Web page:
Monday, March 26, 2012

Easter Goose

Andy Schneider asked me to talk about Roast Goose on his blogtalkradio program Tuesday March 27. Goose is a good choice as the centerpiece of the dinner table for family celebrations.

During our chat, he asked for helpful waterfowl breeders. Metzer Farms here in California is very active in ducks and geese. John Metzer has been blogging and has his posts organized by subject.

Dave Holderreand's Waterfowl Farm and Preservation Center in Corvallis, Oregon is a wonderful resource. Dave is the author of many books and articles about waterfolw, including, Storey's Guide to Raising Ducks, The Book of Geese, Managing Ducks For Top Egg Production and Wing Disorders In Waterfowl and How to Prevent Them.

I described the process two years ago, in the March 20 blog post, when I served roast goose to guests. They were unfamiliar with goose, but goose is usually available from the supermarket. Ask the butcher if you don't find one in the freezer. If they don't have one, they can order it for you. An Internet search finds Schlitz Foods in South Dakota has frozen goose on sale. The site says that the geese they sell are their own, Schlitz Line 306, rather than a recognized breed, such a this drawing of a Pomeranian goose.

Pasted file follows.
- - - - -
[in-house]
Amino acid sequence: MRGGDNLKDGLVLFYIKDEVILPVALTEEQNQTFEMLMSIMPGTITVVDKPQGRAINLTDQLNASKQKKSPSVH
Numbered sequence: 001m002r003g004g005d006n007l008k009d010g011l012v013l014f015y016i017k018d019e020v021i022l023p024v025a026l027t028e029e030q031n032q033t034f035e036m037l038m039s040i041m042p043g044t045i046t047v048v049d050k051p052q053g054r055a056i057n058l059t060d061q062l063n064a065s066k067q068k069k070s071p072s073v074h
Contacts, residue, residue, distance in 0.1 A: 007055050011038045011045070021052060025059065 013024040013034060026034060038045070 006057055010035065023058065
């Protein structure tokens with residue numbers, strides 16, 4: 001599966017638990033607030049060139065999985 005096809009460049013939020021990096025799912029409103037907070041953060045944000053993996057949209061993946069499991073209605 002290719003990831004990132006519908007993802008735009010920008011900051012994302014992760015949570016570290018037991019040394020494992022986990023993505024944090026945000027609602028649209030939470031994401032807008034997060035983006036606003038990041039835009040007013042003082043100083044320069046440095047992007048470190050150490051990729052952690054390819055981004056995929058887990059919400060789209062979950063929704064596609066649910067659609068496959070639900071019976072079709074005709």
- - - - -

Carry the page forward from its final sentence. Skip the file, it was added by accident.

While I'd prefer a traditional breed goose, I'm glad that this family business continues to supply goose to the consumer market. Goose is not well appreciated. Putting it on more dinner tables would encourage other farmers to raise them.

They also sell goose eggs for crafts. This is a good example of the variety of products poultry can provide. Geese also produce the best down and feathers, products that are always in demand.

Tune in Tuesday to our discussion of roasting goose for the holidays.

The goose is one of the oldest domesticated poultry. The ancient Egyptians took advantage of their location as a wild goose flyway. Geese are also a spiritual inspiration. Mary Oliver wrote her poem about them, Wild Geese, that includes these lines:

Whoever you are, no matter how lonely,
the world offers itself to your imagination,
calls to you like the wild geese, harsh and exciting --
over and over announcing your place
in the family of things.

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